This story come from Jean Marie Spilker, a friend of Roam Oatmeal and an adventurous spirit.
I was pretty lucky the first time my Volkswagen (van #2) caught fire. My boyfriend and I were on a dirt road out by Steens Mountain in the remote SE corner of Oregon when there was a sizzle and pop under the driver's side of the dash. This was followed by some small flames. Fortunately the guy who owned the van before me left a fire extinguisher in the van. He had told me that these vans were prone to catching fire, and I knew it was true based on what I had seen since in the junkyards when I was scavenging for parts.
Within seconds the fire was out and the van was filled with a fine white powder. I didn't want to breathe the stuff from the extinguisher so we opened all the doors on the van and let the wind blow it out into the desert. Then we sat and waited. This was long before cellphones so it was pretty uncertain when a car would come along. The good thing about all the mechanical problems I had with my vans was that I was always prepared to live for several days. We had five gallons of water and food in the ice box. So we made sandwiches and ate lunch and then afterward I pulled the mess of wires from under the dash and examined the damage.
Even though the wires under the dash looked like a big pile of multicolored spaghetti, when I looked closer I could see that there were only two that had burned in half. Reason had it that if I spliced them back together the problem would be fixed. And it was true. Once the wires were once again attached, the van not only started but all of the electrical stuff worked. We drove away like nothing had happened, save the white dust covering everything.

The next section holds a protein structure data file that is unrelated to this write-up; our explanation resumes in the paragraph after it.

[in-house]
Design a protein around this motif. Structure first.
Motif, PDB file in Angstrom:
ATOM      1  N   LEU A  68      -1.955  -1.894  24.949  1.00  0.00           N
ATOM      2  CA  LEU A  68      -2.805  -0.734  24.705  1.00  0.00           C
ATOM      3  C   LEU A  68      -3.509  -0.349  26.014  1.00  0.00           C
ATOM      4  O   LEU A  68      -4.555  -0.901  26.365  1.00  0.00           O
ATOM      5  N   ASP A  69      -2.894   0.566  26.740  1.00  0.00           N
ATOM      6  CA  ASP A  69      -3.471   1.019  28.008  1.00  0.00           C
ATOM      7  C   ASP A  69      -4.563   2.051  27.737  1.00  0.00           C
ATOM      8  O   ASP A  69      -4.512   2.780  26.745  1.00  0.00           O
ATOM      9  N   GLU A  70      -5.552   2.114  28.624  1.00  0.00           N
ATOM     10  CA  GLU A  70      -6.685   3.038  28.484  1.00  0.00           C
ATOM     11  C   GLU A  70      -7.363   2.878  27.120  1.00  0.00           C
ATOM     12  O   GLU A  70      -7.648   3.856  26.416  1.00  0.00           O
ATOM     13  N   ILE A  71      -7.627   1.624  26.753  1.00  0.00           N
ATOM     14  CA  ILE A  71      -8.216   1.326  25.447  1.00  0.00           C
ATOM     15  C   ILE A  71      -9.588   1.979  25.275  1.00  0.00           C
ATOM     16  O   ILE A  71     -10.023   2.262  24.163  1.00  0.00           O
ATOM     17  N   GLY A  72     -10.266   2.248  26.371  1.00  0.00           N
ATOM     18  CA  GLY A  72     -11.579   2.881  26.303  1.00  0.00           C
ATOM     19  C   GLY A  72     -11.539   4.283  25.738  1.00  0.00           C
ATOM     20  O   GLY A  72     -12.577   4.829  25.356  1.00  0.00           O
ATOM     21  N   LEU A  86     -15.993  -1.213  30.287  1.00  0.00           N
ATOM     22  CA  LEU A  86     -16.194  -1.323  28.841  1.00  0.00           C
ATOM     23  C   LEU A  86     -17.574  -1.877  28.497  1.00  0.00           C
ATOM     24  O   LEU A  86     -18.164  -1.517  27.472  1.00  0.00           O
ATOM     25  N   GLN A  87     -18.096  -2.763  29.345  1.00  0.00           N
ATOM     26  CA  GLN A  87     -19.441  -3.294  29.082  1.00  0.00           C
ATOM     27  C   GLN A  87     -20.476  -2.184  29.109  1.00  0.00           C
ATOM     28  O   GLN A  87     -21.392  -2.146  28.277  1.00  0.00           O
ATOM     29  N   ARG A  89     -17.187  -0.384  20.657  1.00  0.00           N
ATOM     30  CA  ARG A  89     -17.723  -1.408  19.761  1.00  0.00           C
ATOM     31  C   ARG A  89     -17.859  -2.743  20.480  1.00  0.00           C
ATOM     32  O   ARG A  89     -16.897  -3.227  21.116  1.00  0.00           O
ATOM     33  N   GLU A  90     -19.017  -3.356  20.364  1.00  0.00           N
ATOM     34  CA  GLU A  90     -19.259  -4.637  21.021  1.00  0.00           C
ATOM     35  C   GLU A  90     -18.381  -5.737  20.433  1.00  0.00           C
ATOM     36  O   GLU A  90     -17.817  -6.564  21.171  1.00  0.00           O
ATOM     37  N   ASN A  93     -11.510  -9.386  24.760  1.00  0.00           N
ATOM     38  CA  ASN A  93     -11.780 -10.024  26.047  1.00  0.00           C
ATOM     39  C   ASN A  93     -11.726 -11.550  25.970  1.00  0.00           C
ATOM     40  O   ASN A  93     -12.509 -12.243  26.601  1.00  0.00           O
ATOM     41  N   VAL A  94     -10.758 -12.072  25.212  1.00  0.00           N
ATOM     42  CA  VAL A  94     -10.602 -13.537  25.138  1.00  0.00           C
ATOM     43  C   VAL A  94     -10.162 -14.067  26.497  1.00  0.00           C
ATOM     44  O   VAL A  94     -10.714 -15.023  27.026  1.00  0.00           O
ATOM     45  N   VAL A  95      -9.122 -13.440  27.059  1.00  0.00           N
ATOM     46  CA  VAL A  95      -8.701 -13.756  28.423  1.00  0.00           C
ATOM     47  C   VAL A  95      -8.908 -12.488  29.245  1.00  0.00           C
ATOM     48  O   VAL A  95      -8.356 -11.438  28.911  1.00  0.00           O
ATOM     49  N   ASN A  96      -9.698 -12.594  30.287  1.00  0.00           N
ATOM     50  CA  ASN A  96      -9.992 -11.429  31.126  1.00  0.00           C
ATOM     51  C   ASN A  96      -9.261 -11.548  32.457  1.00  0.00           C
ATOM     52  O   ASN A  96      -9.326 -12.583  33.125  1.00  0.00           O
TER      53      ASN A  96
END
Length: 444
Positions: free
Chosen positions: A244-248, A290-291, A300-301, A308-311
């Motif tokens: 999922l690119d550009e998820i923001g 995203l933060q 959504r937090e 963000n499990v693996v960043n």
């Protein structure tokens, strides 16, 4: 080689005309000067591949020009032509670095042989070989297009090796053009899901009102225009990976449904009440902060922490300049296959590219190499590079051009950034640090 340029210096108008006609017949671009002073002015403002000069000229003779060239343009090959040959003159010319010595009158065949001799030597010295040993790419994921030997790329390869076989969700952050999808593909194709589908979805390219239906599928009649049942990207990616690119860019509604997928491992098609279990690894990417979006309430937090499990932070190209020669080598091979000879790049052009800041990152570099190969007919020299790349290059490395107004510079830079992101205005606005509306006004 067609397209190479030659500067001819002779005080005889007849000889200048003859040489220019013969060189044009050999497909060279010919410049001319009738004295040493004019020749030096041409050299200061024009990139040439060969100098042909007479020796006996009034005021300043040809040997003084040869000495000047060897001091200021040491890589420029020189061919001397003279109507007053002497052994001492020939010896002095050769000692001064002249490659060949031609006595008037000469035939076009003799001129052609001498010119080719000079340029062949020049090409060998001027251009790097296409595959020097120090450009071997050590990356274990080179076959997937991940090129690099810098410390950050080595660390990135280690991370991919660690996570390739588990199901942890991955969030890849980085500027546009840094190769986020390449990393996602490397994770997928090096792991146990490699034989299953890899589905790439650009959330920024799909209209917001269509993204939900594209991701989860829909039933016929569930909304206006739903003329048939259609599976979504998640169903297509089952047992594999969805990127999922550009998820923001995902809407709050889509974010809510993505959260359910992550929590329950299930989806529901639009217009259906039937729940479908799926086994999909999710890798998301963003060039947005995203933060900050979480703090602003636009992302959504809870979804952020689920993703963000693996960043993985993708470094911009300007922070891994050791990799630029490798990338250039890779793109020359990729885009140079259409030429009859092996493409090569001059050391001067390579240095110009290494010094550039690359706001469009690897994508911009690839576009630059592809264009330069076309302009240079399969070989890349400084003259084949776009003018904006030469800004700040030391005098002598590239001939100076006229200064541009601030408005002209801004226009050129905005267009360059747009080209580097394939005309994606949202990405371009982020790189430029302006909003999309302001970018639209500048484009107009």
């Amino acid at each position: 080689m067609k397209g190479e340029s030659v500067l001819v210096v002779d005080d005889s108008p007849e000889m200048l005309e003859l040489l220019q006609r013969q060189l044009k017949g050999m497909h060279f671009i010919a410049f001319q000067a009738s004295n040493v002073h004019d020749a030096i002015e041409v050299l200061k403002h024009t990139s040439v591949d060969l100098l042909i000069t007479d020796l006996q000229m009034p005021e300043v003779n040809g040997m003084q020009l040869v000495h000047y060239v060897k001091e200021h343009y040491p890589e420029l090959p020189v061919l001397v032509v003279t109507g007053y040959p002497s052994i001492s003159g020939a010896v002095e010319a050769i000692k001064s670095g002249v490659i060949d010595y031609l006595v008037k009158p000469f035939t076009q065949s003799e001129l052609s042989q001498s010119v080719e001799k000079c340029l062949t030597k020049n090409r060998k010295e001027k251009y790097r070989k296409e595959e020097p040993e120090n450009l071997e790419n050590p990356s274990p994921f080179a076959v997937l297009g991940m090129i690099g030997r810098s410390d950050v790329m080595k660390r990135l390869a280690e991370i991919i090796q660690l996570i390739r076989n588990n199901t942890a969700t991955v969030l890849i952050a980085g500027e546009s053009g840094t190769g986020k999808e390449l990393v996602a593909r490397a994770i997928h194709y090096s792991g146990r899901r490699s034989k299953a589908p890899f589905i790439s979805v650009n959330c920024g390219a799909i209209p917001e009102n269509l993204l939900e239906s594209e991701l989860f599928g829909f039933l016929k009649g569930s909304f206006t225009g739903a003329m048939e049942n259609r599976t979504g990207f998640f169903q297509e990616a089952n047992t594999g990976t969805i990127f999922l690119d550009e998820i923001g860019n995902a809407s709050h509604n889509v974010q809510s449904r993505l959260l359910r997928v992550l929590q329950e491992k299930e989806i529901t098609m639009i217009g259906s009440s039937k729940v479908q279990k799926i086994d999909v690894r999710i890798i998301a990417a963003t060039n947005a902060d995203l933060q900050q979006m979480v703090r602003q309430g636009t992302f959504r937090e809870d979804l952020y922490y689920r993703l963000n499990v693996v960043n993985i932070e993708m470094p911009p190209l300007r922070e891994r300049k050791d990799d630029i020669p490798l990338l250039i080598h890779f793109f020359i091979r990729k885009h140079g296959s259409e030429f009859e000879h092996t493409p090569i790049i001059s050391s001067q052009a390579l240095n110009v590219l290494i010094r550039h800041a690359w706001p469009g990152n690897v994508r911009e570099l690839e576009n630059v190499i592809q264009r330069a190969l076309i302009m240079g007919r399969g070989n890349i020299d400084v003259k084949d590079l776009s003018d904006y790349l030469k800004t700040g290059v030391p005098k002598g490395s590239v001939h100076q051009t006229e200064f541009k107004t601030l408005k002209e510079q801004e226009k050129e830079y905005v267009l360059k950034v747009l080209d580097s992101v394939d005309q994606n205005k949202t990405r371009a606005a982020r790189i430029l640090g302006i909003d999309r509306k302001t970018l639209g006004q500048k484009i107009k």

The second time the van caught fire I was not so lucky. I was much closer to home this time, and the van would still start and drive, but all sorts of extras like turn signals didn't work. I took it to my mechanic and he gave me the dismal fate. It made no sense to rewire it with the rust on the front. It would just continue to leak and rust and catch fire. After five amazing years on the road it was time to put her to bed forever.
I had bought her in 1997, when I was less than a year out of college and filled with wanderlust. I took her to BC the day I bought her. Like all good travel companions, I felt that she needed a name, so I named her Haida after the native people of coastal British Colombia. She took me deep into the north country of BC one fall, then all the way to the end of Mexico’s Baja peninsula. There were parts of her that I couldn't let go of, especially the engine I had rebuilt by myself on my friend’s mom’s lawn in Canada. So we bought van #3 for super cheap because it had no engine. We drove Hiada’s engine to the seller’s house and put it in the new van and the spirit of her continued on down the road.